The body is finally stripped:
As mentioned in part 11, I discovered that the top bolt holding the vacuum tank was a Phillip head screw and obviously installed BEFORE the fenders were installed.
After a fair amount of “fiddling” we got the screw out. If you read up on Volvo 1800 history you will learn that the bodies were made by a company called Pressed Steel a few miles south of Glasgow. They were then sent on to Jensen for assembly.
Some smart ass at Pressed Steel grabbed a Phillip head screw for the top mounting of this tank as I am sure it was installed before the front fender was welded to the body. Just to really mess with my head, they used hex bolts on the lower mounting point. Oh well!
This was an interesting surprice after I got the tank down. It felt very heavy. Guess what? It was full of break fluid. About two liters to be exact. I am going to guess that the brake booster failed at some point and the vacuum started to suck in the brake fluid. What is amazing is how much brake fluid the owner must have been adding to the brake cylinder.
I feel sorry for the poor owner that had to add fluid to that little master cylinder as the fluid was mysteriously disappearing! Maybe this was going on over many years, who knows.
The Jig is up!
I built a metal frame and I added support beams that will hold the body to the frame so it can be transported to paint stripping and body shop.
I sacrificed my lawn tractor trailer for it’s wheels and also the beam that connects to the tractor. It is going to stripping in late April 2016.
Comparing equipment between the 1964 parts car and this 1961 car reveals some subtle differences.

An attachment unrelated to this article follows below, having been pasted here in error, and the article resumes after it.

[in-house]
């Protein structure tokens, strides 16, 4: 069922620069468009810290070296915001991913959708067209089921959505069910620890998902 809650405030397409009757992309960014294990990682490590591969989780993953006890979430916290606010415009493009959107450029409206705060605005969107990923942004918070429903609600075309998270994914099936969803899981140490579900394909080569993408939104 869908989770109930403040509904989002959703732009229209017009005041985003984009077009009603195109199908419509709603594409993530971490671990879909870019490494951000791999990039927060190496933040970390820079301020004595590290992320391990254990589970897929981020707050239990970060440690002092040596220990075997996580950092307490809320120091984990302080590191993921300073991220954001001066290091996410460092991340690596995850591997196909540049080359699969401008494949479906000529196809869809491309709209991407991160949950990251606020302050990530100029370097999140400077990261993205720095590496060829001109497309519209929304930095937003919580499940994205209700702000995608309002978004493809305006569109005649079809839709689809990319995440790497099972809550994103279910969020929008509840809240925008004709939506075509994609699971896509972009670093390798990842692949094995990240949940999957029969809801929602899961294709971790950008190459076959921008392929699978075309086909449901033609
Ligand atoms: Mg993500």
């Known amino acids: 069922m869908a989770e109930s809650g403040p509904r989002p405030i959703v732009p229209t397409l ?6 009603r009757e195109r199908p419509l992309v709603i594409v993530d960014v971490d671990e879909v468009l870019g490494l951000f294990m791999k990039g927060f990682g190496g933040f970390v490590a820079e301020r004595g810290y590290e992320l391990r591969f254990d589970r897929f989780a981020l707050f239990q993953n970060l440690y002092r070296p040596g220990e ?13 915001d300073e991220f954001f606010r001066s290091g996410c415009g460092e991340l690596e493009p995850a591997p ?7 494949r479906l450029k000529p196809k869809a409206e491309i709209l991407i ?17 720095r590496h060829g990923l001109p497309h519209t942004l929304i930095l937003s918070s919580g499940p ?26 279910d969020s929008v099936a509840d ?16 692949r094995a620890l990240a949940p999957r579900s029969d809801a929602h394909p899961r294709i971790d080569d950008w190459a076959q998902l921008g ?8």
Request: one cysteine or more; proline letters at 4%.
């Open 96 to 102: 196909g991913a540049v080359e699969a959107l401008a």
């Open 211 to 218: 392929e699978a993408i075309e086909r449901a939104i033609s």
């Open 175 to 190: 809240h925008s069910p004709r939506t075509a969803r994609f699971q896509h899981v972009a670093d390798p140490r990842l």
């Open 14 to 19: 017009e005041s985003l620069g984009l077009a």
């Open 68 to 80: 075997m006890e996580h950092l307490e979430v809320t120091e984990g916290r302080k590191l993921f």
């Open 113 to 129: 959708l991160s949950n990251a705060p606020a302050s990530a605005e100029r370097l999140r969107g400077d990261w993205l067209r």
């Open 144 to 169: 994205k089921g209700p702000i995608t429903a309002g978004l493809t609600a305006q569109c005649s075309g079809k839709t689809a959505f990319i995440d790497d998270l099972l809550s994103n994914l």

Like the tachometer for example. The red line on the 1961 is at 6000 rpm. The red line…ish starts at 5500. That is code for: Hey Sven, you better start thinking about popping this baby in to another gear or your push rods will start denting your hood!
By the way, these gauges are just gorgeous!
This one is not so gorgeous but it is from the 1964 parts car. The red line starts at 6500 rpm. I guess Volvo got a little braver or they got better valve springs…or both.
Also, the fuel gauge is different. The indicator stems from the center unlike the ’64 model where it is off to the side. Not a big deal but I want to make sure I don’t mix them up.
1964 gauge. See how the needle stems from the side as opposed to the center.
Another note for the nuance department: The metal trim piece that is located inside the car on the top of the B-pillar was made of aluminum. (top) The later cars had this made in stainless.
Modular shop. Having the axles on the wheel dollies help when shop space is tight.
I finally got the ignition lock cylinder back. I was very excited that they were able to make a key but the pretty chrome fascia was now sporting a big scratch. Idiots!
I will be looking for a new cylinder I guess. Got one? Early style with small cylinder diameter…please Email me
Folks along the way:
One of the fun aspects of playing with old cars is the people you meet along the way.
Having the same interest is reason enough to spark a conversation between two strangers. Maybe they have that part you are looking for or vice verse or just comparing notes in general.
Dave Lucas in Columbus, Ohio checked in with me. He is knee deep in a restoration of a 1963 Volvo P1800. This is the before picture:
Dave’s P1800 is chassis number 6065 so I am thinking it was assembled in Sweden. The transmission and engine has been rebuilt so now he is working on the body and interior. We look forward to updates.
We know Dave is a good guy as he is also a dog person. Here his best friend is checking out the dismal back seat! “I think I will ride shotgun in the passenger seat”
Gary Ramstad from Seattle is almost finished with his 1967 Volvo 1800S. He named it “Puzzle” as the assembly of all the interior pieces resembles a puzzle.